Metro

Boston police to beef up patrols in neighborhoods around the Fourth

Boston Police Commissioner William Evans said Friday that July Fourth is “always a challenging time” for the police department.
Matthew J. Lee/Globe staff
Boston Police Commissioner William Evans said Friday that July Fourth is “always a challenging time” for the police department.

Boston police will have extra patrols in the city’s neighborhoods to deal with large parties in coming days, as the temperature heats up and the Fourth of July approaches, city officials said Friday.

Speaking at a press conference in front of the Twelfth Baptist Church in Roxbury, Boston Police Commissioner William Evans said the holiday is “always a challenging time” for the department. Last year, 15 people were shot over July Fourth weekend in 10 separate incidents, said Evans.

“Traditionally, it’s been a violent weekend,” he said.

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The department worries about large, loud parties throughout the city, as well as people setting off fireworks illegally, he said.

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“We’re going to have a lot of extra patrols in these neighborhoods where we’ve seen an uptick in violence around July Fourth, but also to address parties throughout the city,” he said.

The celebration on the Esplanade is a two-day event, with a concert on Tuesday, July 3, and then the main event on the Fourth, with another concert and fireworks display.

“Have a good time, but please, let’s see no one get hurt,” said Evans.

Mayor Martin J. Walsh of Boston said that there will be an increased presence at the Esplanade for those events but indicated that move would not come at the expense of policing the city’s neighborhoods.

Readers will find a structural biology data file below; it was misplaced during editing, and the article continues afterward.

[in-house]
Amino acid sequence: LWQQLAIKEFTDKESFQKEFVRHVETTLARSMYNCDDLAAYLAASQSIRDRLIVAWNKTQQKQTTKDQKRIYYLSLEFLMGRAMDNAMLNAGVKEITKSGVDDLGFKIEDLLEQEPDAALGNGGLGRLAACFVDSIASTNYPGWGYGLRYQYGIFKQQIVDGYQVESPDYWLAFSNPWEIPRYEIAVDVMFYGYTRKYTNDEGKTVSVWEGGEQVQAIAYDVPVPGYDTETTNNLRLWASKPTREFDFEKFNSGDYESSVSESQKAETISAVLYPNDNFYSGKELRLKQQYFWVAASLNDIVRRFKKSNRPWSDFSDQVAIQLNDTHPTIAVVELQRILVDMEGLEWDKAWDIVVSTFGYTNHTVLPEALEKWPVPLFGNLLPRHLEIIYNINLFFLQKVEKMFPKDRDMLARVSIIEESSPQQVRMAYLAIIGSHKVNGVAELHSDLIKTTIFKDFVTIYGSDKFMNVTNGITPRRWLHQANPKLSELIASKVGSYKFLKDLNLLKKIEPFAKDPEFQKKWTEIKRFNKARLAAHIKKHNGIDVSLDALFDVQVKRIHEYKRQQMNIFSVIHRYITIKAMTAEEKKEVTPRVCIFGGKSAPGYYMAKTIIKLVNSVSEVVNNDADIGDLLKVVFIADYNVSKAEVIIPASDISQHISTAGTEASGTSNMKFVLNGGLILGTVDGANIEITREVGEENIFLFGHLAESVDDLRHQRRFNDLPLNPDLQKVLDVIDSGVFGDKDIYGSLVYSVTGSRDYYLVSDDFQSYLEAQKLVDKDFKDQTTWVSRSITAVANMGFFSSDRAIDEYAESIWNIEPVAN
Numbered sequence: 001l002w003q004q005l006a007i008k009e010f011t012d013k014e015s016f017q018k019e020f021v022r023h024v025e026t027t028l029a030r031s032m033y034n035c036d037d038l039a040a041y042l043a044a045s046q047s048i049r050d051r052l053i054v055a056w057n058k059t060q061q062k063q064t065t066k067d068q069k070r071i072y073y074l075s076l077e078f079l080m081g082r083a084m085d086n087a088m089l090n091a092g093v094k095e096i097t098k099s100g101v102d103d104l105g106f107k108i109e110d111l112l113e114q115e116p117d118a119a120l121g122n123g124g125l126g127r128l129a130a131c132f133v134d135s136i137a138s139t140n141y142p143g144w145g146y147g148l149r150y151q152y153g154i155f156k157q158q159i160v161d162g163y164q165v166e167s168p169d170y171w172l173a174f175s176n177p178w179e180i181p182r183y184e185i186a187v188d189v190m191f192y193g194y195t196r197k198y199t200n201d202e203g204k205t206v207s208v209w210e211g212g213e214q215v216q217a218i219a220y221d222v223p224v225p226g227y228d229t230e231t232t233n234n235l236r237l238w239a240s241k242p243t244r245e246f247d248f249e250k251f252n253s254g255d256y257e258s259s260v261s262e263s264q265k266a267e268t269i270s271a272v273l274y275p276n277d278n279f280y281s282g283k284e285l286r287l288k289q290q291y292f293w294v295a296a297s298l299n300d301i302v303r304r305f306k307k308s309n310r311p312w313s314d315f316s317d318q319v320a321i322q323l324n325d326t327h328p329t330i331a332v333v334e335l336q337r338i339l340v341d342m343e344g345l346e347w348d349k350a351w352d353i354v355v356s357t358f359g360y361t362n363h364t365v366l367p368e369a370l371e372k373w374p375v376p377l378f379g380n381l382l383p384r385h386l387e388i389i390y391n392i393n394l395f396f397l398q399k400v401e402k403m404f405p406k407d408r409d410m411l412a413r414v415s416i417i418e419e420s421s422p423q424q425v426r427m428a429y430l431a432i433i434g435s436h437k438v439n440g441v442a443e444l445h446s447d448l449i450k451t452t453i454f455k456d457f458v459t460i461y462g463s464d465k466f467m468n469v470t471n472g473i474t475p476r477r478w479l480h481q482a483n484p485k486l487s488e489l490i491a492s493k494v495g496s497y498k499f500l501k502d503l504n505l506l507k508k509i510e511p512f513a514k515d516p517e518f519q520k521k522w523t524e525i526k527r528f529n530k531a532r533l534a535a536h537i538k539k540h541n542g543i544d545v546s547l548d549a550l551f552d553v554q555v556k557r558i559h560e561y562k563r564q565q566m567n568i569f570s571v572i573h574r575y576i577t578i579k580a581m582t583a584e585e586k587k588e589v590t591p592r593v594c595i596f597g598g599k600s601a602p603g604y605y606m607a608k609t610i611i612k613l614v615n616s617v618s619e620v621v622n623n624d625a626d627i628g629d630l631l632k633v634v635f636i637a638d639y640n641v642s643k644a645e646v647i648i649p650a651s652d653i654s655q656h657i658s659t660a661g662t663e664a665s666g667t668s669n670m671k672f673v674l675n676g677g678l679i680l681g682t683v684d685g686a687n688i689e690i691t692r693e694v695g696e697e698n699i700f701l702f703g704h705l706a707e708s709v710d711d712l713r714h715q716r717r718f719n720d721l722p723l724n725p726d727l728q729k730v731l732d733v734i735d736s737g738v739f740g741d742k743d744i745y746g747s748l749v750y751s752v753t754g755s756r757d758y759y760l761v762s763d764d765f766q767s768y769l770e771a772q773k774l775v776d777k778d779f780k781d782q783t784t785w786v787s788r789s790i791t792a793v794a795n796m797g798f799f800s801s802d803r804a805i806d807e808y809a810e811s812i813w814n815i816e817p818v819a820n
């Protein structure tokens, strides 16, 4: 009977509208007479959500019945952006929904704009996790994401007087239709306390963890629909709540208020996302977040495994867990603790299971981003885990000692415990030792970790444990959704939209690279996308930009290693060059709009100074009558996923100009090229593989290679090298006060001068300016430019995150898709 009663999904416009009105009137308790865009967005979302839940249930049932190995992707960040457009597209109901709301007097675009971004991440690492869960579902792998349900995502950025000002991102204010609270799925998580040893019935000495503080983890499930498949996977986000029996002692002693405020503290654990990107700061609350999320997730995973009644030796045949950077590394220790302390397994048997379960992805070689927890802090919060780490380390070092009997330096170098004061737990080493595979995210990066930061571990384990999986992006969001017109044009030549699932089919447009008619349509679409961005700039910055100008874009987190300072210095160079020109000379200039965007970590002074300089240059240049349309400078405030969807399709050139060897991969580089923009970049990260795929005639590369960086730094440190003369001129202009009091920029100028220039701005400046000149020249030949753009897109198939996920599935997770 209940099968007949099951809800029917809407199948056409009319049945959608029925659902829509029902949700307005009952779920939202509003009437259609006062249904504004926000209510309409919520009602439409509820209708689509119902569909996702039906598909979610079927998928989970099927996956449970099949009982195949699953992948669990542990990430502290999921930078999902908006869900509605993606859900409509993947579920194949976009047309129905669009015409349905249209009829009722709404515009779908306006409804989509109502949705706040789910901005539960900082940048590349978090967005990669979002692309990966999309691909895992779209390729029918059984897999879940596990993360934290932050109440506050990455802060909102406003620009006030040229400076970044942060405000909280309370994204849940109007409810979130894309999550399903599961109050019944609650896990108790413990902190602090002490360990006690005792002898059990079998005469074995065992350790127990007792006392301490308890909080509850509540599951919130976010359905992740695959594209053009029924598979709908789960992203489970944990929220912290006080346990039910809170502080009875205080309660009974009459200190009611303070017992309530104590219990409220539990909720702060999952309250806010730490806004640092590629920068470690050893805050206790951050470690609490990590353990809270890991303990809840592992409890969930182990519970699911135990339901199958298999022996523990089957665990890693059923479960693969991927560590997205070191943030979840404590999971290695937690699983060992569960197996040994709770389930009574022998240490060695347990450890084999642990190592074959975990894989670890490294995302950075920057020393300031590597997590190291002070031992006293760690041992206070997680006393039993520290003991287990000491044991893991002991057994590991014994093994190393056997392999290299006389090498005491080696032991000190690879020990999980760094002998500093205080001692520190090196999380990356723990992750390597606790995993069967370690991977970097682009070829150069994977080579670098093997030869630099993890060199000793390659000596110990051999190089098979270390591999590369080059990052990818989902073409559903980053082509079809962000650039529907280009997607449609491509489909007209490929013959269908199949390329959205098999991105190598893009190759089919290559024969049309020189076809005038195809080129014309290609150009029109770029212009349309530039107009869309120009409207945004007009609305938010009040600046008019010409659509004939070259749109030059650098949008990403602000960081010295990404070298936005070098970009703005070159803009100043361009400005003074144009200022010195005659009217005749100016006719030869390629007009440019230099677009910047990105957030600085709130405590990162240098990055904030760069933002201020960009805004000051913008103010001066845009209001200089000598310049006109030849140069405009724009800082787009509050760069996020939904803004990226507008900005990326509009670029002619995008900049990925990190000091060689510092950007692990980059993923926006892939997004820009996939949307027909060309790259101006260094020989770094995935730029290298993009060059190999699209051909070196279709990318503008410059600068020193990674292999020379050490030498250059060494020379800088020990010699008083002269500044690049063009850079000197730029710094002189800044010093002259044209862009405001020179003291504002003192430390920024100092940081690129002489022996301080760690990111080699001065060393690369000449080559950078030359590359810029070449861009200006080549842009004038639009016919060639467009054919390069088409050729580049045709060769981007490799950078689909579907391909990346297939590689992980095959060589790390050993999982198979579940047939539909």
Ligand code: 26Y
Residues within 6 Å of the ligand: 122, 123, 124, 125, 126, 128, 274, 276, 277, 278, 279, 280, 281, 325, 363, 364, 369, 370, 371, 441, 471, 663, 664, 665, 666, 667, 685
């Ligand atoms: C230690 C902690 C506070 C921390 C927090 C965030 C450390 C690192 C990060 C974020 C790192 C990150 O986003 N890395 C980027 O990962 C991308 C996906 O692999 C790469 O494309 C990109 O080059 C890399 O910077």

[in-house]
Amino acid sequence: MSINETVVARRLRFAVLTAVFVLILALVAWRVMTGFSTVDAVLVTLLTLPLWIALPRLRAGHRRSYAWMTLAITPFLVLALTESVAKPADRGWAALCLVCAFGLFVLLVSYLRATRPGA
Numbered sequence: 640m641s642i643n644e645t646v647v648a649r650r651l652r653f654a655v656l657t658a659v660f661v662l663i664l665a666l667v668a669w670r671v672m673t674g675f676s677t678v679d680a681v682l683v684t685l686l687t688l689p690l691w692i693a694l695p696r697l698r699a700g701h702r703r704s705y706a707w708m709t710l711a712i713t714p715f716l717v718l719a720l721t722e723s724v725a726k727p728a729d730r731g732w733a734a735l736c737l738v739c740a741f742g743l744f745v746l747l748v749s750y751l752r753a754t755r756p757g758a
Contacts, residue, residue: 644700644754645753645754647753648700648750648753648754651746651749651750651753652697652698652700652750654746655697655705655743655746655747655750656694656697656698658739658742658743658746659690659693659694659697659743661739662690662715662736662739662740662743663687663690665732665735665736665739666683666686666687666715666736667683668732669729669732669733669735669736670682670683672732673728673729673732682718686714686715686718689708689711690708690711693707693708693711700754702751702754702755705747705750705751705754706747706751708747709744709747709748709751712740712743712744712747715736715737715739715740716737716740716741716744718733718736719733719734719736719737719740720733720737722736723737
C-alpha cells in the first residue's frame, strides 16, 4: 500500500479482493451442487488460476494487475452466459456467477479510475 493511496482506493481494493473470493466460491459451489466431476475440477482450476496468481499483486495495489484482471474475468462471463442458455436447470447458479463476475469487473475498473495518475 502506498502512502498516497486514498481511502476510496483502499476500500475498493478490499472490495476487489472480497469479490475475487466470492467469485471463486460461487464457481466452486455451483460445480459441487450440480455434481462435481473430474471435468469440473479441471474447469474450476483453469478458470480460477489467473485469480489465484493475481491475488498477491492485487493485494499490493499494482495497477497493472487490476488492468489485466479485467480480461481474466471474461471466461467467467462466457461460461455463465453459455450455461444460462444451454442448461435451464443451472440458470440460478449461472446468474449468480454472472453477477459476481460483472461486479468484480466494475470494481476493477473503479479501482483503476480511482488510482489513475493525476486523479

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Evans said the last few years, the department “has seen a real increase” in illicit fireworks displays. Both Evans and Walsh reiterated that fireworks are illegal. Evans implored the public to keep them away for children, while Walsh mentioned that given the time of year and temperature, such pyrotechnics could be a fire hazard.

Evans referenced a 2015 incident in Dorchester where a 9-year-old’s hand was blown off and a 5-year-old was seriously injured in a fireworks explosion.

“They aren’t harmless,” said Evans.

For the Fourth celebrations on the Esplanade, Evans said there will be large vehicles used to block off the “feeder streets” as a crowd control measure in the area. He also said undercover officers will watch revelers who approach the Esplanade. Alluding to a mass shooting in Las Vegas last year where a gunman killed dozens after he opened fire from the 32nd-floor room of a hotel, Evans said that Boston police will have “aerial support” on rooftops of buildings near the Esplanade. He encouraged the public to keep coolers and backpacks at home.

Evans said the hot weather concerns him because that means more people will be “out and about.”

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Walsh also declared a heat emergency for the city starting Saturday, with the temperature expected to top 90. Boston Centers for Youth & Families will open “cooling centers” throughout the city, and the city’s 17 pools will also be open to the public, he said. He encouraged those in the city to avoid outdoor exercise and to stay hydrated.

Danny McDonald can be reached at daniel.mcdonald@globe.com. Follow him on Twitter @Danny__McDonald.